Organizing – examples of specific organizing goals might be acting on and putting away all papers within a week of receiving them (ambitious!). Making specific goals may show the barriers that obstruct acting on your resolution (such as not having a filing system).

2. written
Not only should resolutions be written down, writing about them as though you had already accomplished them and how they benefitted your life makes doing them more likely. The more descriptive and detailed this writing is, the more powerfully it will work on your subconscious and help make these changes happen. In addition to writing down your goal, writing down every reason you have for wanting to lose weight is invaluable.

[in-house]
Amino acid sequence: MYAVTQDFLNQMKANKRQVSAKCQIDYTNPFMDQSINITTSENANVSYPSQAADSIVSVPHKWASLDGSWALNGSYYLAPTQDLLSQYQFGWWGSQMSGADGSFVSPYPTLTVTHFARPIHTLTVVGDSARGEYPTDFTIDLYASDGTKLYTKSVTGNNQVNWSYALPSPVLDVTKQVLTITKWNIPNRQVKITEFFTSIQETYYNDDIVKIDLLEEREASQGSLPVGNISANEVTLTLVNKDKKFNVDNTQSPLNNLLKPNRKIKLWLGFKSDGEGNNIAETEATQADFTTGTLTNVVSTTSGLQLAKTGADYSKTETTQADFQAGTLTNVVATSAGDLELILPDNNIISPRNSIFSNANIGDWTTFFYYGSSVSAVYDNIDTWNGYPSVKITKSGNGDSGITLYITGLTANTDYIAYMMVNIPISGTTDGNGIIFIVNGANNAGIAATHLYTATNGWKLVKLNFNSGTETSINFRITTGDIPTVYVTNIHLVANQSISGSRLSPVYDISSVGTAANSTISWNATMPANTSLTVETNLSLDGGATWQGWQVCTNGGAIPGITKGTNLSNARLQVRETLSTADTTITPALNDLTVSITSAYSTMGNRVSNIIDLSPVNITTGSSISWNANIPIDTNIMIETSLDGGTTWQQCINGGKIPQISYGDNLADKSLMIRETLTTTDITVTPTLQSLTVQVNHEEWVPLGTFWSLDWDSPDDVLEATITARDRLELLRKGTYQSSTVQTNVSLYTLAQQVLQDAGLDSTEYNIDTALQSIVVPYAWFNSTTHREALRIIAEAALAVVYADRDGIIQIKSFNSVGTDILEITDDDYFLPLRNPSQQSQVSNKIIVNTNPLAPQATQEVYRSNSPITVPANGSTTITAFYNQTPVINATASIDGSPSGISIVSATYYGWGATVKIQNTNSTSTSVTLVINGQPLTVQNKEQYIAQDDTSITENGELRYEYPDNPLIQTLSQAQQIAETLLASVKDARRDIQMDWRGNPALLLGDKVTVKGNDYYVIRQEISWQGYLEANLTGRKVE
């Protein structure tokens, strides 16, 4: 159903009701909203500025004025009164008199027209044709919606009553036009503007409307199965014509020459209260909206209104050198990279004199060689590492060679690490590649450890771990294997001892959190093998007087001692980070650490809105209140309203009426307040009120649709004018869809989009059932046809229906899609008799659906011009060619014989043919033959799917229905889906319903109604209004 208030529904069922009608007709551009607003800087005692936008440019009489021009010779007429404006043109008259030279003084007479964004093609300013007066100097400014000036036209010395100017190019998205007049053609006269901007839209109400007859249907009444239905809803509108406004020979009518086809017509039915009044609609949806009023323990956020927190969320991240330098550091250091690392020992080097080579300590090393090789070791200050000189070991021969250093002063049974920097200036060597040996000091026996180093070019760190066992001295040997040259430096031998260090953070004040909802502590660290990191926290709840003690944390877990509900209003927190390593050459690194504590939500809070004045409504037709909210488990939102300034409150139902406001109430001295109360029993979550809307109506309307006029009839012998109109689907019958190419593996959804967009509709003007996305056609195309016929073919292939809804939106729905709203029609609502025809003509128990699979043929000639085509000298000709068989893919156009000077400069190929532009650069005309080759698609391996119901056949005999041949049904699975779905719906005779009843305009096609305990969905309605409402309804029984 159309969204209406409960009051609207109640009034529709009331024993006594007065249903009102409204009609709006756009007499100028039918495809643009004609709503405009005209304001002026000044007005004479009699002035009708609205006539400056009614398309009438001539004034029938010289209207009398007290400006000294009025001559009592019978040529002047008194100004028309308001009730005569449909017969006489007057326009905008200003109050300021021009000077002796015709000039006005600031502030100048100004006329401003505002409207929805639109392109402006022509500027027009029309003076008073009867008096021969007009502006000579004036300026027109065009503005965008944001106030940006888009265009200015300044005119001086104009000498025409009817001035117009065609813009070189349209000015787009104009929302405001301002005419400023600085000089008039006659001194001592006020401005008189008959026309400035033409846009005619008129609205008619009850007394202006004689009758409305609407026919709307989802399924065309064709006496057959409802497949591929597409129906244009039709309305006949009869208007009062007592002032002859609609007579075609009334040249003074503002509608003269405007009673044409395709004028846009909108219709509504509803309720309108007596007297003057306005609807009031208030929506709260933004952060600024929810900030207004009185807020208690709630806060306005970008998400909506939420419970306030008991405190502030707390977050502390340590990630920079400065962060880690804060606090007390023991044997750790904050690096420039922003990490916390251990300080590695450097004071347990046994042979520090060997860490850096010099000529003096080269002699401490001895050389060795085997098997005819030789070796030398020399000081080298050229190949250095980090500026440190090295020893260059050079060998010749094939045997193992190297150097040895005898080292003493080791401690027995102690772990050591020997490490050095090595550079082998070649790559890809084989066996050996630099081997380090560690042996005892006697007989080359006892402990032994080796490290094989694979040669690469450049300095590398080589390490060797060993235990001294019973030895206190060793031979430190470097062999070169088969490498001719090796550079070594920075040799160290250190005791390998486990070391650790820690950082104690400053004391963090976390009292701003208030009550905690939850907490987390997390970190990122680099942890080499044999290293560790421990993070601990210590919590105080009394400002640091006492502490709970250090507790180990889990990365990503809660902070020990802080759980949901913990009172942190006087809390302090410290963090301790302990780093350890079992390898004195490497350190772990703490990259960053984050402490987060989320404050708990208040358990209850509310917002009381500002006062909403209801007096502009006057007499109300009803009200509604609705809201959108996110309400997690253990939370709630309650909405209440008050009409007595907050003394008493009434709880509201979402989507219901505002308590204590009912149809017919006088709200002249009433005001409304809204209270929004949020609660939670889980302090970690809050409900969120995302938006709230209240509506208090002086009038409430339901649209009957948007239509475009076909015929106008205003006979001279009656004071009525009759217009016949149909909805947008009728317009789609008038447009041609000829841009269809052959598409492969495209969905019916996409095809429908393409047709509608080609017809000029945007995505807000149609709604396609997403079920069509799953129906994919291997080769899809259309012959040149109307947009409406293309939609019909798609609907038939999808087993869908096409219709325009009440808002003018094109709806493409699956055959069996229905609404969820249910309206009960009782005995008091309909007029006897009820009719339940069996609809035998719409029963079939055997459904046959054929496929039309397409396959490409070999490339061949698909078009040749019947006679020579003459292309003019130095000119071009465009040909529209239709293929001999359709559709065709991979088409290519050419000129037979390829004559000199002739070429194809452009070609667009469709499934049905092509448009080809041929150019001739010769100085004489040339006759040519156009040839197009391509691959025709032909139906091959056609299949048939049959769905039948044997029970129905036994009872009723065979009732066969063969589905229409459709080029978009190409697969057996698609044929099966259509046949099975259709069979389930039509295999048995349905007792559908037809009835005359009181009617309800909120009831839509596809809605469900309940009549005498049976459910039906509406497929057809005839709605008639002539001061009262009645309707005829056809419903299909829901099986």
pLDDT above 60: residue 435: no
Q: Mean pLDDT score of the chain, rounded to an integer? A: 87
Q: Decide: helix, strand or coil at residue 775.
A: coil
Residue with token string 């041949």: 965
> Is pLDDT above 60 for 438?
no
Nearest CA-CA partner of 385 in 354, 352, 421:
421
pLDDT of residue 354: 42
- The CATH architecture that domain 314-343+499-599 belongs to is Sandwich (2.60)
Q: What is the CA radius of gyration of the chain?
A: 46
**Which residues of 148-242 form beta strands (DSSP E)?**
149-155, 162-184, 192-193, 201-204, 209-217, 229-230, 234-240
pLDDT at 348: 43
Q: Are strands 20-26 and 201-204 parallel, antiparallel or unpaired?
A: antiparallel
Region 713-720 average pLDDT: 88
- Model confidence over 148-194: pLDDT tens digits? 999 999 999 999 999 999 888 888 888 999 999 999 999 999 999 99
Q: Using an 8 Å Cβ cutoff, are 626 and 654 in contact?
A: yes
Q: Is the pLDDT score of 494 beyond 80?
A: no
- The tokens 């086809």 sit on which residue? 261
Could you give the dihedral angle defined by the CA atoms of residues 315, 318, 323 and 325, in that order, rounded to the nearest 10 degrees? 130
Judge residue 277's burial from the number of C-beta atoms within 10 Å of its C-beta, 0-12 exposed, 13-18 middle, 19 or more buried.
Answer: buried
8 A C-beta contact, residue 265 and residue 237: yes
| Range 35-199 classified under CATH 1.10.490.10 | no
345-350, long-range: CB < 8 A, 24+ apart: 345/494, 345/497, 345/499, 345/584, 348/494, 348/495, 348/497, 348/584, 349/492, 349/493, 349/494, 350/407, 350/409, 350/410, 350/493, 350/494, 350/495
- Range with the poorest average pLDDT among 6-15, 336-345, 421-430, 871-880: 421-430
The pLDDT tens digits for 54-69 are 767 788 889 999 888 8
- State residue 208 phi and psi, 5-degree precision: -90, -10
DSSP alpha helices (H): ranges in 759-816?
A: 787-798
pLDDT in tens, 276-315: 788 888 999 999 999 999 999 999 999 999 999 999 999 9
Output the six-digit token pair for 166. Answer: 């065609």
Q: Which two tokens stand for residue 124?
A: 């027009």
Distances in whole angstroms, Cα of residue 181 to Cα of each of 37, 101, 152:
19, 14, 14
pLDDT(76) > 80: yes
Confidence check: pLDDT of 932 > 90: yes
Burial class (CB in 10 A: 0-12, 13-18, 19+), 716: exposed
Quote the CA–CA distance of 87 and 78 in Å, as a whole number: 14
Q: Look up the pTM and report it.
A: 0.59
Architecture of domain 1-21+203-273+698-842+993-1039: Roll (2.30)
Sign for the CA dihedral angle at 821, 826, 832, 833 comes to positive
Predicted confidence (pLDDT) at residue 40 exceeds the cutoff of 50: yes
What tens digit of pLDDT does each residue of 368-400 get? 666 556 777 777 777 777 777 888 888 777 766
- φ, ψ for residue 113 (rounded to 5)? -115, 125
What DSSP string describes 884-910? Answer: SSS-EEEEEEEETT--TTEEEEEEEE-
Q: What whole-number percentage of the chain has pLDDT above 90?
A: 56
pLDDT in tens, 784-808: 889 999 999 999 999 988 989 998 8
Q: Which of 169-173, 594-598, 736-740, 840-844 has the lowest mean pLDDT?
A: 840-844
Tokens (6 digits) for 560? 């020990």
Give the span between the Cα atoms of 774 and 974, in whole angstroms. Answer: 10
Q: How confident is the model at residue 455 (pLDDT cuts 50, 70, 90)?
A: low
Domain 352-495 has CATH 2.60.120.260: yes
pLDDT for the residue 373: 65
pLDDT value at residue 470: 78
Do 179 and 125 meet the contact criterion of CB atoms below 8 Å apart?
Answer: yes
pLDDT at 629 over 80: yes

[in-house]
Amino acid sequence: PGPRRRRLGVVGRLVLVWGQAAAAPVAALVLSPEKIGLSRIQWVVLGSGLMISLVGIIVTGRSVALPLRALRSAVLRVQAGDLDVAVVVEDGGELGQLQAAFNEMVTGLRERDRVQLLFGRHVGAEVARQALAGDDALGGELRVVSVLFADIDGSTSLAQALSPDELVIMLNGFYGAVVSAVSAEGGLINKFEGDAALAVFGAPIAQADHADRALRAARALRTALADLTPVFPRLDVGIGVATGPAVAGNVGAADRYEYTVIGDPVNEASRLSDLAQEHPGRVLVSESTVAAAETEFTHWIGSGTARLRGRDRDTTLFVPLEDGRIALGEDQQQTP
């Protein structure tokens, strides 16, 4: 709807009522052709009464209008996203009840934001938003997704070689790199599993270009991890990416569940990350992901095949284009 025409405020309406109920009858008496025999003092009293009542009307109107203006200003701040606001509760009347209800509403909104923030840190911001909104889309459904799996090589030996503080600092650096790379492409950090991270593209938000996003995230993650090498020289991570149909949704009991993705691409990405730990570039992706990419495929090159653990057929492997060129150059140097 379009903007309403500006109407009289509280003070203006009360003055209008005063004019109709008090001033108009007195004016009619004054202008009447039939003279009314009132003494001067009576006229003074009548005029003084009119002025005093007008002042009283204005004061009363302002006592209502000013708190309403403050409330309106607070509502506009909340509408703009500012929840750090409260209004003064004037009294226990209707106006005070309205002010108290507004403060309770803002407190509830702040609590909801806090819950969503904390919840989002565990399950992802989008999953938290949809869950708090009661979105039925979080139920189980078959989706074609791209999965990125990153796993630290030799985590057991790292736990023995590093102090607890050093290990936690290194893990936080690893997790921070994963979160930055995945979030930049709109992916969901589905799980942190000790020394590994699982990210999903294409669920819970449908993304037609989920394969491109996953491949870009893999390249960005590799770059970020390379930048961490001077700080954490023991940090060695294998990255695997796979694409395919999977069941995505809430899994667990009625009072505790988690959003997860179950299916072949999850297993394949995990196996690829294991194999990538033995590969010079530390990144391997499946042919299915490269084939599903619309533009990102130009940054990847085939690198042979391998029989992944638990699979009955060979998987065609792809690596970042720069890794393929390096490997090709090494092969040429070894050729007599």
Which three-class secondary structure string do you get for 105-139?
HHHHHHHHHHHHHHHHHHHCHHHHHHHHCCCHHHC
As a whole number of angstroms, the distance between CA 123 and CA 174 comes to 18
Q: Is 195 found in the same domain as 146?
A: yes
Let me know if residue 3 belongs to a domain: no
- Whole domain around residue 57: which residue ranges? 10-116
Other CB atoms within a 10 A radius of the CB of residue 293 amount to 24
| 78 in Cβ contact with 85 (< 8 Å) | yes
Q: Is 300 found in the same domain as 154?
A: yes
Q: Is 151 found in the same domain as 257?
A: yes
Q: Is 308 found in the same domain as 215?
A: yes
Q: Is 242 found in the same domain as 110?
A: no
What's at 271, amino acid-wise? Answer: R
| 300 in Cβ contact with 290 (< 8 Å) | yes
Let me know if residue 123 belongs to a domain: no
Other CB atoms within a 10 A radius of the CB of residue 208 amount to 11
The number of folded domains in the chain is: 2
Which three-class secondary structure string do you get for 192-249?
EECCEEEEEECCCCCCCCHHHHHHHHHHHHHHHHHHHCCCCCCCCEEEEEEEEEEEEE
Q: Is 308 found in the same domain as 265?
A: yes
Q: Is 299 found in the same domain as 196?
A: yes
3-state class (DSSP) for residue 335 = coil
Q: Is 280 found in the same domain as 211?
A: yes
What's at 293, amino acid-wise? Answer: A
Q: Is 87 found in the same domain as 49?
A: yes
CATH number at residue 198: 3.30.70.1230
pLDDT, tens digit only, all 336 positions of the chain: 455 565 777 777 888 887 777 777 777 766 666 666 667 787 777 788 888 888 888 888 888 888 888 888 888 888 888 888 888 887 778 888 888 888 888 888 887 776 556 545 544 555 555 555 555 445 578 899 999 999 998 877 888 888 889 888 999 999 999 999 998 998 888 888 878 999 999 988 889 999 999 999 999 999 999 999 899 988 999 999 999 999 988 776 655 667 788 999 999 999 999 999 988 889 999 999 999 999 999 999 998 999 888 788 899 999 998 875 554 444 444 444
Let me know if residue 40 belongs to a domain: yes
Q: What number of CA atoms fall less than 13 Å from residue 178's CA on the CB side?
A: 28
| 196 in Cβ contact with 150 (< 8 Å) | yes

Weight loss – “I am so glad that I consistently followed my food plan and daily exercise program to lose the 50 pounds that I wanted to get rid of for years. Since losing this weight, I have less pain in my back, knees, hips, and feet, so walking and climbing stairs are easier and possible. Having less pain means that I sleep better and feel more refreshed on awakening. Not carrying the extra weight means I have more energy, am more productive, and can keep up with my work and home. Looking better gave me more confidence and helped me be more outgoing and engaged with others. Being lighter helped my posture, so I stand straighter, causing others to treat me with more respect because I radiate more confidence. Losing weight reduced my risk of many diseases, helping my peace of mind and prospects for the future. Sticking to my resolution makes me feel better about myself and feel more confident about making resolutions in the future. I love the strength I feel in my muscles thanks to my exercise program and am eager for more success.” {I wrote this for myself, but you are welcome to use or adapt it.}